18 Simple Financial Things I Wish I’d Done (or Started Doing) When I Graduated from College

When I graduated from college, I had moderate student loan debt and a small amount of credit card debt, but I had a solid job lined up and big dreams of establishing a strong financial foundation.

Four years later, I was married with a kid, tons of credit card debt, a car loan, additional other loans, an expensive lifestyle, and a financial situation so precarious I couldn’t keep the bills paid.

What happened? I started my life in the adult world without good financial practices and principles and that quickly led to a difficult financial situation.

I don’t look back with regret, but I do look back at those days and ask myself, “What did I mess up? What do I wish I had done differently?”

This is a list of eighteen simple things I’d change. These aren’t huge, life changing choices – a few of them might be for some people, but for most college graduates, everything on this list can easily be handled without disrupting the flow of life in one’s twenties.

I would love to send this list to every single person graduating from college as advice from someone who went through this, made a lot of avoidable mistakes, and came out on the other side.

Back then, I did actually manage to do a few of these things and they were positive things in isolation, but they were like stars on a dark night – tiny blips of light surrounded by the darkness of financial mistakes. The steps below all work in concert to create a strong financial backbone, and if you leave out most of them, you’ll still find yourself struggling financially and professionally. They synergize with each other in a powerful way.

Let’s dig in. Here are 18 simple financial things I wish I had done all together upon graduating from college.

Sign up for a 401(k) (or similar account) with a generous automatic contribution. This is the most important smart thing I did do, and I wish I had done it even bigger than I did. Looking back, it did not have any sort of negative impact on my standard of living, but what it did do is add a whole lot to my sense of financial stability now (fifteen years later or so) and going forward for the rest of my life.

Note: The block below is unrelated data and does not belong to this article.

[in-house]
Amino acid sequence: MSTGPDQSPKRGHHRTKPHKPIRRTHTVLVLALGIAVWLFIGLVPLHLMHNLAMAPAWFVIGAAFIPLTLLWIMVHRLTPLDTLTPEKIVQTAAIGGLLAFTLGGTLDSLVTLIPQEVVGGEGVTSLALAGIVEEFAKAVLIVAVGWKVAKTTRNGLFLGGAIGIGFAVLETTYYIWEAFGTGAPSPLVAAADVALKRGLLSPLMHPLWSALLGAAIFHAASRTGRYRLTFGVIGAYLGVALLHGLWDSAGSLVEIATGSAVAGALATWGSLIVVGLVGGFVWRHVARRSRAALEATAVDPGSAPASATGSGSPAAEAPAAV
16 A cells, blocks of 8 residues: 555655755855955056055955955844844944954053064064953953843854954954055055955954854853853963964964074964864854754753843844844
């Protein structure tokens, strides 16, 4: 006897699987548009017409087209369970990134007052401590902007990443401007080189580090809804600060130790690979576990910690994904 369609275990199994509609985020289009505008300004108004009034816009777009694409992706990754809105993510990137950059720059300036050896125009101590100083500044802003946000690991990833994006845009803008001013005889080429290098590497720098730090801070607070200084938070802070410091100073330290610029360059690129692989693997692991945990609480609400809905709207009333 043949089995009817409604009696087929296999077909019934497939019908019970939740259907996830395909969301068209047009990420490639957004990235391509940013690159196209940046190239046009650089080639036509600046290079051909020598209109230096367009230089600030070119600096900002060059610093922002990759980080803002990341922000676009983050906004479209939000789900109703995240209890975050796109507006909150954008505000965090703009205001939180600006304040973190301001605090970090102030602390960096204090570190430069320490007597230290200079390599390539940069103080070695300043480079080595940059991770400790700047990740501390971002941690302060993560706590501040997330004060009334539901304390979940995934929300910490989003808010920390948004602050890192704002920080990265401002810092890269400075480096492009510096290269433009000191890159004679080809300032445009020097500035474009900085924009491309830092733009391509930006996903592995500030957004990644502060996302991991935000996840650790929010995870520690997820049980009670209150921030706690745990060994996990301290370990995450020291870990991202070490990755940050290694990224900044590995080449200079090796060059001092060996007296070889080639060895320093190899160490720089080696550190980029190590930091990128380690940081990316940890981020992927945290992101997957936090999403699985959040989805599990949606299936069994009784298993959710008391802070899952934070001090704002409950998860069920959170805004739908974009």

The first day you start at your first post-graduation “real job,” go in and find out what their retirement plan is like. Do they offer a 401(k), 403(b), or a similar plan? Contribute to it, and make that contribution a nice healthy one. If they offer any kind of matching, you should be contributing more than enough to get every dime of it.

If your workplace doesn’t have a 401(k) or similar account, as soon as you get your first (or second) paycheck, open up a Roth IRA account on your own. It serves the same purpose as a 401(k), except that it withdraws cash from your checking account rather than right out of your paycheck. Set it up to automatically slurp out a certain amount or, if your workplace allows it, set it up to automatically pull money from your paycheck before you ever receive it. (I recommend signing up through Vanguard, Fidelity, or Schwab, all of which are great companies.)

Cook almost all my meals at home. I got into a very early habit of simply not eating many meals at home. I’d stop at a coffee shop for a big cup of coffee and usually a bagel. I’d eat lunch out with coworkers. I’d go out for supper almost every night with my wife. On the weekends, I’d usually skip breakfast, eat lunch out and about, and maybe make supper at home one of the weekend nights, like it was a big deal. One meal a week eaten at home wasn’t uncommon at all.

The problem with this routine is that it’s incredibly expensive. Meals eaten outside the home very commonly jump above the $10 mark, even for simple stuff. Meals I make at home these days often go below the $2 mark, occasionally below the $1 mark, and only approach the $10 mark if I’m making something very exceptional.

Total that up over the course of just a month. Let’s say Sarah and I started cooking at home instead of eating out and cut the price of an average meal from $8 to $4. Three meals a day, times two of us, times thirty days, times $4 saved per meal, gives us $720 a month. That’s a huge financial impact. Even for a single person, this is a $360 a month difference.

Shop for groceries with discount meats and vegetables as the starting point for my grocery list and meal plan. Back then, if I did go to a grocery store, I went in there with a vague idea of needing some beverages and snacks and some nebulous outline of one or two meals in my head. I inevitably filled my cart with a bunch of impulsive stuff I didn’t need, an excessive amount of items for those two meals I had in mind, and some duplicates of things I already had in the cupboard at home. I’d spend $80 or whatever and come home with some snacks and enough food for maybe two meals, and I spent a lot of time in there just wandering around rather aimlessly.